The first day of spring arrived Tuesday with the 2012 vernal equinox, heralding the end of a winter that, for most of us, wasn't. The United States experienced the warmest winter of the 21st century so far and the fourth-warmest winter in 117 years of record keeping, according to the National Oceanic and Atmospheric Administration.
New Mexico was the only state with temperatures below its long-term 20th century average this winter. Most others were well above, with typically snow-capped locales like Grand Rapids, Mich., Grand Forks, N.D., and Green Bay, Wis., boasting their second-warmest winters ever.
As the vernal equinox arrived on Tuesday, the first day of spring proved to be equally mild with temperatures in the upper 60s and 70s across much of the U.S. East Coast.
The vernal or spring equinox marks the point in space and time when the sun moves across the celestial equator, an invisible circle projected into the sky above the Earth's equator. In the Northern Hemisphere, the days grow longer and the nights shorter. In the Southern Hemisphere, the same equinox marks the beginning of longer nights and shorter days and heralds the beginning of autumn.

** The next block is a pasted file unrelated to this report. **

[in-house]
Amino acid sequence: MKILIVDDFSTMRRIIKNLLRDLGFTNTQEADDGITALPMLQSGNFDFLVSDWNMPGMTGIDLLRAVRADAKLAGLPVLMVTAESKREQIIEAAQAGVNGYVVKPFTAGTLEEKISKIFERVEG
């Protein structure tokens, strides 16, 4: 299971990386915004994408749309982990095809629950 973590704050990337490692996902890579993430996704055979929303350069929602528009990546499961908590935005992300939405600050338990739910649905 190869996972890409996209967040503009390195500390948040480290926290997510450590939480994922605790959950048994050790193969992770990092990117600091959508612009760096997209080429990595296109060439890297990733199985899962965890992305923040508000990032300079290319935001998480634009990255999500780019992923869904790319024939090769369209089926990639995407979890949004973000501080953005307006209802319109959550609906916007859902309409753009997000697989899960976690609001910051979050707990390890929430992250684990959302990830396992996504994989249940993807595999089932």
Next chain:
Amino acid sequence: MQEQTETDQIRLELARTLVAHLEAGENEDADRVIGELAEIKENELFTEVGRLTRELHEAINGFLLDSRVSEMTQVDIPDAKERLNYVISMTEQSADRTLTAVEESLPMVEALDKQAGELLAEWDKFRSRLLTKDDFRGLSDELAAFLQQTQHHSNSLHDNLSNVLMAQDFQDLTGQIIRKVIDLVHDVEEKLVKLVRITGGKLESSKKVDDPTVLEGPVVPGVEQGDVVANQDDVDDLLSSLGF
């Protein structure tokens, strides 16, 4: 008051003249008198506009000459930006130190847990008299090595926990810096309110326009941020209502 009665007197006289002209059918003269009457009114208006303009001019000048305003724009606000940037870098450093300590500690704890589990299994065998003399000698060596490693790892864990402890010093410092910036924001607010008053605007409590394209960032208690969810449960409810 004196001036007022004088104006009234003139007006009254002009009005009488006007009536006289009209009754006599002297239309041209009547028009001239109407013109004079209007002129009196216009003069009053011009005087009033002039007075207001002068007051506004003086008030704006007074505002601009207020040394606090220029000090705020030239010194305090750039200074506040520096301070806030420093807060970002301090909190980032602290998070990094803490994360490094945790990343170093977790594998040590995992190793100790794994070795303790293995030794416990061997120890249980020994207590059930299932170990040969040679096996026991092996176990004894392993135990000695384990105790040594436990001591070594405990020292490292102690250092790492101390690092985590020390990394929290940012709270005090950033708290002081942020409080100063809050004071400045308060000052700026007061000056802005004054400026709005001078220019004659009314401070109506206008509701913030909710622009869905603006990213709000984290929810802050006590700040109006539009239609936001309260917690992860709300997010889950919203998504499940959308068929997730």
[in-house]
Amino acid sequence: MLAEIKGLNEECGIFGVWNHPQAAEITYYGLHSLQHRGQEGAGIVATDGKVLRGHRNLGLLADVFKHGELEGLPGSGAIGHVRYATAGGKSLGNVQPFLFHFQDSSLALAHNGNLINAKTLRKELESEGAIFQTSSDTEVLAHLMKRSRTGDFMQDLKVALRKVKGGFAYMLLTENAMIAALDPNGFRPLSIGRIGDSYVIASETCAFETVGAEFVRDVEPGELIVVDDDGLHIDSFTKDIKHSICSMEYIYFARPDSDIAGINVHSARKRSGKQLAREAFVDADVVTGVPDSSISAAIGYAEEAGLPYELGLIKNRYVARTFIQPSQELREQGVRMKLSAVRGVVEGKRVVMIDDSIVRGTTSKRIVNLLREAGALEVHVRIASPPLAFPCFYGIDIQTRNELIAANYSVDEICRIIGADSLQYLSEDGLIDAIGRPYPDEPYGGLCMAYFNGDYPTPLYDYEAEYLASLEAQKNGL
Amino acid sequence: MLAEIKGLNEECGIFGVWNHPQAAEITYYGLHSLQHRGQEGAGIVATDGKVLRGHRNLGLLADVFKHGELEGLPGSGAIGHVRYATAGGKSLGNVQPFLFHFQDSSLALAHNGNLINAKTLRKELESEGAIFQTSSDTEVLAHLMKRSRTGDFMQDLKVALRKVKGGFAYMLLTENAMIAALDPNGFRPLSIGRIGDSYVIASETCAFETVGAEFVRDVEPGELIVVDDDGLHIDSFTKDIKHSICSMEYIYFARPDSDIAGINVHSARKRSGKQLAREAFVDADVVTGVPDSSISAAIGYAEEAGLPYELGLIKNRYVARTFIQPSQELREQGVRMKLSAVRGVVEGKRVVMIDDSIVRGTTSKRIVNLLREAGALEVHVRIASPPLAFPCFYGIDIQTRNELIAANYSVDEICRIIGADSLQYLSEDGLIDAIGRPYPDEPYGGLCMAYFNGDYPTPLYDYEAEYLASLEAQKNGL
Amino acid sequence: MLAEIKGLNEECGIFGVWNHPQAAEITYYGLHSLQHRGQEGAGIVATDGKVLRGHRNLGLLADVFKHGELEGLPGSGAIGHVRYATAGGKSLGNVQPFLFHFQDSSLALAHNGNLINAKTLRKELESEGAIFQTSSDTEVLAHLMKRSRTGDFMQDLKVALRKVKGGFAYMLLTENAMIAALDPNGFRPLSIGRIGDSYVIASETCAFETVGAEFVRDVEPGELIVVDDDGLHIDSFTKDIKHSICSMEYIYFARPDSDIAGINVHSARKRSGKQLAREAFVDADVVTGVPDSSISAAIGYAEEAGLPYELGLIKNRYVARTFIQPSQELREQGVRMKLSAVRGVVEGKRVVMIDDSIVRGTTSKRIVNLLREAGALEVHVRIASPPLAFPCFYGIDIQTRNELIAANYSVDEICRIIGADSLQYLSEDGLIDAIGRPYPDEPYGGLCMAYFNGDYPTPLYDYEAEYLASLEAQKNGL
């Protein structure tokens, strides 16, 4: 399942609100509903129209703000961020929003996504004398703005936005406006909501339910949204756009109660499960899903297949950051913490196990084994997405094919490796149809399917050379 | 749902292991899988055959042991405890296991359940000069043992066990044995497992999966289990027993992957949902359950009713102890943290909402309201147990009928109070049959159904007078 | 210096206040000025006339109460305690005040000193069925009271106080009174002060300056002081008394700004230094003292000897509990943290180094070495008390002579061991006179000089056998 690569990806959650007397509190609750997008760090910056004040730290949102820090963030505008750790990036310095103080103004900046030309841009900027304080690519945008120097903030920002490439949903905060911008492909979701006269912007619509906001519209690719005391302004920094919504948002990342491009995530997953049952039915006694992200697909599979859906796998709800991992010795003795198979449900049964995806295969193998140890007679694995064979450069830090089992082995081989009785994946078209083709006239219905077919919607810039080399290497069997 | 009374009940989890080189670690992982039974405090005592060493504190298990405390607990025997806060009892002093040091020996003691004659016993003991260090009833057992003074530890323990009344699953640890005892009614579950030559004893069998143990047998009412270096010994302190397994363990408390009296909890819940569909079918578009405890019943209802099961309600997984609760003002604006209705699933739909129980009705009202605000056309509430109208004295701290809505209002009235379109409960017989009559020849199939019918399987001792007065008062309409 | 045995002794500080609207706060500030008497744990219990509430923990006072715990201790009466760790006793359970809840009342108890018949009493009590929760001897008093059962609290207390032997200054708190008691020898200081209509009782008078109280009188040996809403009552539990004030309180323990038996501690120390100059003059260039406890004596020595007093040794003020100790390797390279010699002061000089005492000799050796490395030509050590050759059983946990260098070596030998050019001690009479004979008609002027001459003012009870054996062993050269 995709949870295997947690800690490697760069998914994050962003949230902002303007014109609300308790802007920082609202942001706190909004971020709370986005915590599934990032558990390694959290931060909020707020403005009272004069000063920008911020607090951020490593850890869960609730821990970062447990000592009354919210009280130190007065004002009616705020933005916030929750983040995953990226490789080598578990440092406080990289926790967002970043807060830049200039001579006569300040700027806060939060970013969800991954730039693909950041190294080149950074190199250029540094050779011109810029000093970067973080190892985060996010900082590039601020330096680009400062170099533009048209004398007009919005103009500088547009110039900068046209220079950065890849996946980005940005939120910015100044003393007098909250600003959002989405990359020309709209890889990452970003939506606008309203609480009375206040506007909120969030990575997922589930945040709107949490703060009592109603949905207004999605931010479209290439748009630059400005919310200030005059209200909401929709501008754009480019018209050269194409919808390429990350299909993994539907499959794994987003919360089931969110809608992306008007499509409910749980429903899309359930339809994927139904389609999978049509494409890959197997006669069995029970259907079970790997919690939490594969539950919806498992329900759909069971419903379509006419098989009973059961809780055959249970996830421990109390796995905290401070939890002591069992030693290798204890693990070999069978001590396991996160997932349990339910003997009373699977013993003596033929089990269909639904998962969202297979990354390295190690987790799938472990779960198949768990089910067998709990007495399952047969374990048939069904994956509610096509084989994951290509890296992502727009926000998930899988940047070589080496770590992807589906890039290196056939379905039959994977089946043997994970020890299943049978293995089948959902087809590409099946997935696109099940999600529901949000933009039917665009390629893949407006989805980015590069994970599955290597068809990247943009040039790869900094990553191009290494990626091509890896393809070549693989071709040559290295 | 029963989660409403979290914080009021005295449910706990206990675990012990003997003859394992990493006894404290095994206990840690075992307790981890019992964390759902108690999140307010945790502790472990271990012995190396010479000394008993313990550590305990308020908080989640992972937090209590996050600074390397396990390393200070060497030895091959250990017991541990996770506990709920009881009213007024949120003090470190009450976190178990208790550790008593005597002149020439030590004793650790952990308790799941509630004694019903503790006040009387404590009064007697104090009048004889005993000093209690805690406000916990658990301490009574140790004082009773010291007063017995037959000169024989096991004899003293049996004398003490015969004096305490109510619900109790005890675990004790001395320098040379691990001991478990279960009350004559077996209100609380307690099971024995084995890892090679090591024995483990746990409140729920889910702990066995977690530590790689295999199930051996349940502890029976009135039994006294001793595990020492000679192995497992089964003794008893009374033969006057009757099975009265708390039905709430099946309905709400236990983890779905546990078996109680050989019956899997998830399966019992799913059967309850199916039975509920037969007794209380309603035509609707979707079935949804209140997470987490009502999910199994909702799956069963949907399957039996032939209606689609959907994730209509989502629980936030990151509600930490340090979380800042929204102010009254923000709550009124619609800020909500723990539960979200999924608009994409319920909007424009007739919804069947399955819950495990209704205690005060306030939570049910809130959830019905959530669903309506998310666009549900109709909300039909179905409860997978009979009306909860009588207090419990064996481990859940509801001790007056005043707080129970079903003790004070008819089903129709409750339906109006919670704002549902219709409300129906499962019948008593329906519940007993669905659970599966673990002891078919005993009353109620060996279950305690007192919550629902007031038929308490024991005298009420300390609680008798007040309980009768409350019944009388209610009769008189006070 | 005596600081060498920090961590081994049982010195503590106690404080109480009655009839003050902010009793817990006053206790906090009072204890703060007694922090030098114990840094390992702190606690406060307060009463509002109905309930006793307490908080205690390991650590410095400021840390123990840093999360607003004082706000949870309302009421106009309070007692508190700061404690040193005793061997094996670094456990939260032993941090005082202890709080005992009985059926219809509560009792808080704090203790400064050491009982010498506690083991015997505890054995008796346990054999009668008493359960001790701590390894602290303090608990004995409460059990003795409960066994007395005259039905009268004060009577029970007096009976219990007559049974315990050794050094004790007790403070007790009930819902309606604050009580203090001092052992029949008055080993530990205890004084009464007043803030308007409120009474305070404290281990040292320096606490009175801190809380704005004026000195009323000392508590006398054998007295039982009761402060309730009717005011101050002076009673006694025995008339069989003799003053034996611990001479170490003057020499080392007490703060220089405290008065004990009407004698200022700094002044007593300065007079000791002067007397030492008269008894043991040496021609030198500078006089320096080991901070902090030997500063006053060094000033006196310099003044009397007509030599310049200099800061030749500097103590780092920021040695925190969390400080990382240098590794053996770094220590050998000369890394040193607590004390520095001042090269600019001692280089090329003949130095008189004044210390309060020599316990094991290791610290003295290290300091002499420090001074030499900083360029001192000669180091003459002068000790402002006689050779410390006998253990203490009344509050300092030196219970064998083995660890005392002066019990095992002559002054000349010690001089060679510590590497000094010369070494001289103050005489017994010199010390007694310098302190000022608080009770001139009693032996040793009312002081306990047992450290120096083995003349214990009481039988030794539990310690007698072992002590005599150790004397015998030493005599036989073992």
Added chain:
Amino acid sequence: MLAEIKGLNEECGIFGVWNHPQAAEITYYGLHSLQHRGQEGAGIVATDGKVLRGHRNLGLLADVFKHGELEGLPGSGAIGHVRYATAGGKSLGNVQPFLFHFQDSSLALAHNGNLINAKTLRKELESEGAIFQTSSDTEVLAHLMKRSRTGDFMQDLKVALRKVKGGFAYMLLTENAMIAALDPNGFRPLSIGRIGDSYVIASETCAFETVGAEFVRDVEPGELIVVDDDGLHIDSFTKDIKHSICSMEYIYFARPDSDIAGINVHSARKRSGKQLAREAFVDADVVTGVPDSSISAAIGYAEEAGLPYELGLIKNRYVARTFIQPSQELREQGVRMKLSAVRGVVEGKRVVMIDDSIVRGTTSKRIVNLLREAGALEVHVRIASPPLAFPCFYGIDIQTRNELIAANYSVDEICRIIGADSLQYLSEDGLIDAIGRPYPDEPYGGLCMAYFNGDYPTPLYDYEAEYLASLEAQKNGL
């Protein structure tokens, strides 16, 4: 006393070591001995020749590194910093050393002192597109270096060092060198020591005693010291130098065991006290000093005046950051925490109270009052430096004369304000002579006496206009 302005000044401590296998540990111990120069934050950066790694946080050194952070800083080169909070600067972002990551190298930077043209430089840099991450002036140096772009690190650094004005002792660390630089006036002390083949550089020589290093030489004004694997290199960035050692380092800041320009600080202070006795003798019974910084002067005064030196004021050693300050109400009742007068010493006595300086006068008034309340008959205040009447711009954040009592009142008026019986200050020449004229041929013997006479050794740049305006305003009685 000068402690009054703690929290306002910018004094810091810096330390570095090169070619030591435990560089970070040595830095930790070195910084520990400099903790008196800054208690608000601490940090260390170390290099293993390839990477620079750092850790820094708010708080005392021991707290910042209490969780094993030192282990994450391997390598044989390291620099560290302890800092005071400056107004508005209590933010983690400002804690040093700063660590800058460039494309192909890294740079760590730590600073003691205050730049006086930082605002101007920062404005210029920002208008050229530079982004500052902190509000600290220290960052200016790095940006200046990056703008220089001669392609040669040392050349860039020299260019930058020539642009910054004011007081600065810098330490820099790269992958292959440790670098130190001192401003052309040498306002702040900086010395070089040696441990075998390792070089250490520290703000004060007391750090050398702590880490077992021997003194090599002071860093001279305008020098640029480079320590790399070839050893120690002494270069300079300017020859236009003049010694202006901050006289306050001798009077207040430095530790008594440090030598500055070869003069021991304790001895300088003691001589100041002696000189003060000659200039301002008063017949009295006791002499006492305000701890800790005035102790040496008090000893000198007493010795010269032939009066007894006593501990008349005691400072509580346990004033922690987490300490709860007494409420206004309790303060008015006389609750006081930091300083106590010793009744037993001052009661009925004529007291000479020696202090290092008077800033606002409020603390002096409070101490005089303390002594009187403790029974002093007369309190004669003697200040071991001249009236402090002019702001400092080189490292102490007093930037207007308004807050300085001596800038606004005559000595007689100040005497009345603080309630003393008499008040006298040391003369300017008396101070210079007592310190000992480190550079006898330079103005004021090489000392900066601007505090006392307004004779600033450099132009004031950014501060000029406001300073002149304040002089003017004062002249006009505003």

In theory, the equinox should mark the time when day and night are equal, when both share 12 hours apiece. However, in practice that happens days earlier due to atmospheric effects. The date of the equinox varies each year from March 19 to 21 depending on location and corrections due to a discord between the Gregorian calendar (logging 365 days a year) and the actual duration of the Earth's orbit around the sun (which takes approximately 365.25 days to complete).
The occasion is celebrated in a myriad of ways across the globe. Press Start to have a look.